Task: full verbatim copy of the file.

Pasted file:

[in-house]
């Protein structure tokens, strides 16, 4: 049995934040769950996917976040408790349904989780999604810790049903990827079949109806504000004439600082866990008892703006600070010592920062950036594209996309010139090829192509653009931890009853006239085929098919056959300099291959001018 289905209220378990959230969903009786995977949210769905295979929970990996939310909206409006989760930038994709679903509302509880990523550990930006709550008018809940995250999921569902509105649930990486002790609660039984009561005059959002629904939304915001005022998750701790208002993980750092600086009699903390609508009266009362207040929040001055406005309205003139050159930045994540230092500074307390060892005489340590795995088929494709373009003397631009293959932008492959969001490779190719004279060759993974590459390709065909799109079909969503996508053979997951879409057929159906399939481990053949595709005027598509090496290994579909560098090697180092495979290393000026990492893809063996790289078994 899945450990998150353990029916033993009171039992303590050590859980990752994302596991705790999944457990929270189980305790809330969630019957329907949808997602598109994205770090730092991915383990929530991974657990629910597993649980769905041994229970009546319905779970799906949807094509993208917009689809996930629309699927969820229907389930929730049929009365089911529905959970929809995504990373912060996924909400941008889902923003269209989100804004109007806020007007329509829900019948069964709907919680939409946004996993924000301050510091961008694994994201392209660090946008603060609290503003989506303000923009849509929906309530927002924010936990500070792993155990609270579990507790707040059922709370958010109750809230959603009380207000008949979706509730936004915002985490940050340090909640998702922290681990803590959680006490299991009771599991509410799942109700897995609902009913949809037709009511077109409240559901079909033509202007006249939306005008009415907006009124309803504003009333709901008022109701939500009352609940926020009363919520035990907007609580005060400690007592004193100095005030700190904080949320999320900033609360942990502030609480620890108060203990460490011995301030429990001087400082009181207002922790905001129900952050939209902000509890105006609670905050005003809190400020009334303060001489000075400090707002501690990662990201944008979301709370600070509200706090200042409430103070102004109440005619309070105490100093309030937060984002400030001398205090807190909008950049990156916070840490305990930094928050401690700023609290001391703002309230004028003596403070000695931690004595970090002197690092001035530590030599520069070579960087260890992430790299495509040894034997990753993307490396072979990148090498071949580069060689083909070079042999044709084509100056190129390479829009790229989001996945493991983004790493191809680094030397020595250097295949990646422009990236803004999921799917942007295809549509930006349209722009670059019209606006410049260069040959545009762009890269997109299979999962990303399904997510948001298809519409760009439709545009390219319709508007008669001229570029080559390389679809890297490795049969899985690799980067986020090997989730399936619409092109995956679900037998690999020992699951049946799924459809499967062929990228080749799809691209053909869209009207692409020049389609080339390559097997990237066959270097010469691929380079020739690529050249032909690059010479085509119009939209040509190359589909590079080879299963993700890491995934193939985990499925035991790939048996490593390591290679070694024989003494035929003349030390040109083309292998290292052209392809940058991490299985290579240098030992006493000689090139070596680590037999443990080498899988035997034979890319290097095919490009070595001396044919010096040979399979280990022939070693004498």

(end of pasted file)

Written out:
[in-house]
């Protein structure tokens, strides 16, 4: 049995934040769950996917976040408790349904989780999604810790049903990827079949109806504000004439600082866990008892703006600070010592920062950036594209996309010139090829192509653009931890009853006239085929098919056959300099291959001018 289905209220378990959230969903009786995977949210769905295979929970990996939310909206409006989760930038994709679903509302509880990523550990930006709550008018809940995250999921569902509105649930990486002790609660039984009561005059959002629904939304915001005022998750701790208002993980750092600086009699903390609508009266009362207040929040001055406005309205003139050159930045994540230092500074307390060892005489340590795995088929494709373009003397631009293959932008492959969001490779190719004279060759993974590459390709065909799109079909969503996508053979997951879409057929159906399939481990053949595709005027598509090496290994579909560098090697180092495979290393000026990492893809063996790289078994 899945450990998150353990029916033993009171039992303590050590859980990752994302596991705790999944457990929270189980305790809330969630019957329907949808997602598109994205770090730092991915383990929530991974657990629910597993649980769905041994229970009546319905779970799906949807094509993208917009689809996930629309699927969820229907389930929730049929009365089911529905959970929809995504990373912060996924909400941008889902923003269209989100804004109007806020007007329509829900019948069964709907919680939409946004996993924000301050510091961008694994994201392209660090946008603060609290503003989506303000923009849509929906309530927002924010936990500070792993155990609270579990507790707040059922709370958010109750809230959603009380207000008949979706509730936004915002985490940050340090909640998702922290681990803590959680006490299991009771599991509410799942109700897995609902009913949809037709009511077109409240559901079909033509202007006249939306005008009415907006009124309803504003009333709901008022109701939500009352609940926020009363919520035990907007609580005060400690007592004193100095005030700190904080949320999320900033609360942990502030609480620890108060203990460490011995301030429990001087400082009181207002922790905001129900952050939209902000509890105006609670905050005003809190400020009334303060001489000075400090707002501690990662990201944008979301709370600070509200706090200042409430103070102004109440005619309070105490100093309030937060984002400030001398205090807190909008950049990156916070840490305990930094928050401690700023609290001391703002309230004028003596403070000695931690004595970090002197690092001035530590030599520069070579960087260890992430790299495509040894034997990753993307490396072979990148090498071949580069060689083909070079042999044709084509100056190129390479829009790229989001996945493991983004790493191809680094030397020595250097295949990646422009990236803004999921799917942007295809549509930006349209722009670059019209606006410049260069040959545009762009890269997109299979999962990303399904997510948001298809519409760009439709545009390219319709508007008669001229570029080559390389679809890297490795049969899985690799980067986020090997989730399936619409092109995956679900037998690999020992699951049946799924459809499967062929990228080749799809691209053909869209009207692409020049389609080339390559097997990237066959270097010469691929380079020739690529050249032909690059010479085509119009939209040509190359589909590079080879299963993700890491995934193939985990499925035991790939048996490593390591290679070694024989003494035929003349030390040109083309292998290292052209392809940058991490299985290579240098030992006493000689090139070596680590037999443990080498899988035997034979890319290097095919490009070595001396044919010096040979399979280990022939070693004498």